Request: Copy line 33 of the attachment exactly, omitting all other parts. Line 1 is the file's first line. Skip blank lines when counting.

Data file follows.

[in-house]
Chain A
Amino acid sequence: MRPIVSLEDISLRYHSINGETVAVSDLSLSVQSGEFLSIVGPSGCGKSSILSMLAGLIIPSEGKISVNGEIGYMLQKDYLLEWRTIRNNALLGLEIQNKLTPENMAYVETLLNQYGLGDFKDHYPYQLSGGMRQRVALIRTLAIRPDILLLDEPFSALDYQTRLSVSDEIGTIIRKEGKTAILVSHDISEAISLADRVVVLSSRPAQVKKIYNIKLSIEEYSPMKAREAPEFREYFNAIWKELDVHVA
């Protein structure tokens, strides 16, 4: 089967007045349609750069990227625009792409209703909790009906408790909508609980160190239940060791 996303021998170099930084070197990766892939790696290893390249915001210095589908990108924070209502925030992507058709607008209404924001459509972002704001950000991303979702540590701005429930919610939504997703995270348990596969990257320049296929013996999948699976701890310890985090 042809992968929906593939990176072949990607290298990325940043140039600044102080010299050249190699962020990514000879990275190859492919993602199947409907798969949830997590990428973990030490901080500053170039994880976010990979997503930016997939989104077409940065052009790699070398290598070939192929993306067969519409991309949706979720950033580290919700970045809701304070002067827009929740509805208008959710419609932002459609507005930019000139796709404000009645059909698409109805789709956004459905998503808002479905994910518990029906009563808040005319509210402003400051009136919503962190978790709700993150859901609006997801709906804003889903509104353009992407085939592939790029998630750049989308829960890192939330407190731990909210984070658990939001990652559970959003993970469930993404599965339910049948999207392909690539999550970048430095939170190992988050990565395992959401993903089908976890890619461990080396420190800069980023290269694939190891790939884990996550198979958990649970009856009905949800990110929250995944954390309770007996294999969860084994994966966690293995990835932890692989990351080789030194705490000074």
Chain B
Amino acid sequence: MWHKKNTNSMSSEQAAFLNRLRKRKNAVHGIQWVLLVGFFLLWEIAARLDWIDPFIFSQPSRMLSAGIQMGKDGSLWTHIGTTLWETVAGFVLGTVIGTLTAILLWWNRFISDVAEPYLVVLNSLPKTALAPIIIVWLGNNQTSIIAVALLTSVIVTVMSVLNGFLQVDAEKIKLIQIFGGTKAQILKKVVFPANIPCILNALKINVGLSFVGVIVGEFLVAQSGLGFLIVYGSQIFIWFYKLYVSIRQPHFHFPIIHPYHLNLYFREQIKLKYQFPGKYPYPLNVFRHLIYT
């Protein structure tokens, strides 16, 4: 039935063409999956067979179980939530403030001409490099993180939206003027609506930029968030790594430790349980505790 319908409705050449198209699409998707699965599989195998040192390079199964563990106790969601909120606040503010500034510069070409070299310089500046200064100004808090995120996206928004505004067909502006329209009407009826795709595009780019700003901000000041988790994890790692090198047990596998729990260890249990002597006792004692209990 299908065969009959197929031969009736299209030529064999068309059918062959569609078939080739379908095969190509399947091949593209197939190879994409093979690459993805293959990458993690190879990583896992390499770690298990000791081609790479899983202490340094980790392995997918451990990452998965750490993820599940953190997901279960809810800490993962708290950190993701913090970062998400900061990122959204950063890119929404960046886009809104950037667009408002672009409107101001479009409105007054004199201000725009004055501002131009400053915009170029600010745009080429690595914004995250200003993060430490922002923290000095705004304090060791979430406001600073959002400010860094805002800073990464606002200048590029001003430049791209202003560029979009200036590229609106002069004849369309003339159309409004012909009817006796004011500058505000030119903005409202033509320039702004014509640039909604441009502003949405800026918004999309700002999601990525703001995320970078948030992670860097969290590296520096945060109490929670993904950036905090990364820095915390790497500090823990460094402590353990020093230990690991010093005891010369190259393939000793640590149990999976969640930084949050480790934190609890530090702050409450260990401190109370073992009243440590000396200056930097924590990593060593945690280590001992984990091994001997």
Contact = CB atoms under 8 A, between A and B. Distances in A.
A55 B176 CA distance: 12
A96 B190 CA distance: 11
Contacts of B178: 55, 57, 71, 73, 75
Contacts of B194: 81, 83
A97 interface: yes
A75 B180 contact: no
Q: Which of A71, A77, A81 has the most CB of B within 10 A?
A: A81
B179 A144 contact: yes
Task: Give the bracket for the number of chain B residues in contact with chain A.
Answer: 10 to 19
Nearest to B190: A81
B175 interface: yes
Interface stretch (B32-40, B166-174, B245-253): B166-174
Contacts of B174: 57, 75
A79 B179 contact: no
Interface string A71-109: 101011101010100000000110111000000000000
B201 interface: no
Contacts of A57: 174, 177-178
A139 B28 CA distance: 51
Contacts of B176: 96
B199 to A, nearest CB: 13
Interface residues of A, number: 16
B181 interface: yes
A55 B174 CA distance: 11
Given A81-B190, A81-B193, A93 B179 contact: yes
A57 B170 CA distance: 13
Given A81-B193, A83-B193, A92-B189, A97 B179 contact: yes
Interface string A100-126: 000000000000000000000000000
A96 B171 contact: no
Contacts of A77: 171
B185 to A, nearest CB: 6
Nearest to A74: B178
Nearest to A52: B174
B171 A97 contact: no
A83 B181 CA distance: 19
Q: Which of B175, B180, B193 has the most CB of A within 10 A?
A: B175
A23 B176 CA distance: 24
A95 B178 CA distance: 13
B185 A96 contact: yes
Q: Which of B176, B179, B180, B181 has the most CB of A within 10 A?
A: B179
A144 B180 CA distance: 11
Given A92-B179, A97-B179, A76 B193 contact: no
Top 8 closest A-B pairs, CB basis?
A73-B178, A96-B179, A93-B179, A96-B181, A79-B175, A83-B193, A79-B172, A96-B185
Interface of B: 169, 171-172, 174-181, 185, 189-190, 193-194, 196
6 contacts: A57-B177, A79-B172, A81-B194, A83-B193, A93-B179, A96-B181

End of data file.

A55 B174 CA distance: 11